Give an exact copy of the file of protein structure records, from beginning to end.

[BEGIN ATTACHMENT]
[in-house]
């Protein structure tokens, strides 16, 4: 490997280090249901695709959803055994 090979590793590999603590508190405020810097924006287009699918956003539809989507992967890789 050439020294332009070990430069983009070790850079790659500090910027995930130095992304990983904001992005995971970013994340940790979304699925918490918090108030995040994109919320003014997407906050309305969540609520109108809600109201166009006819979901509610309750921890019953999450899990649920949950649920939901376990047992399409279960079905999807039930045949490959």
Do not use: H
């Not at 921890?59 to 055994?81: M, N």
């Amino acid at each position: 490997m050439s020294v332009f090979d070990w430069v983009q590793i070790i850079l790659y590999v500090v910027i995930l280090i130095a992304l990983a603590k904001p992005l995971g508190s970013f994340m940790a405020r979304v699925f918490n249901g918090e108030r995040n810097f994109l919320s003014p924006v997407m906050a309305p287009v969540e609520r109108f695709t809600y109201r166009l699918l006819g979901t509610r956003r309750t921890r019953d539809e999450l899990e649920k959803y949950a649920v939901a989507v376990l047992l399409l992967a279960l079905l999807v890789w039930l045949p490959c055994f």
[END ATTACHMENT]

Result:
[in-house]
């Protein structure tokens, strides 16, 4: 490997280090249901695709959803055994 090979590793590999603590508190405020810097924006287009699918956003539809989507992967890789 050439020294332009070990430069983009070790850079790659500090910027995930130095992304990983904001992005995971970013994340940790979304699925918490918090108030995040994109919320003014997407906050309305969540609520109108809600109201166009006819979901509610309750921890019953999450899990649920949950649920939901376990047992399409279960079905999807039930045949490959």
Do not use: H
């Not at 921890?59 to 055994?81: M, N």
């Amino acid at each position: 490997m050439s020294v332009f090979d070990w430069v983009q590793i070790i850079l790659y590999v500090v910027i995930l280090i130095a992304l990983a603590k904001p992005l995971g508190s970013f994340m940790a405020r979304v699925f918490n249901g918090e108030r995040n810097f994109l919320s003014p924006v997407m906050a309305p287009v969540e609520r109108f695709t809600y109201r166009l699918l006819g979901t509610r956003r309750t921890r019953d539809e999450l899990e649920k959803y949950a649920v939901a989507v376990l047992l399409l992967a279960l079905l999807v890789w039930l045949p490959c055994f």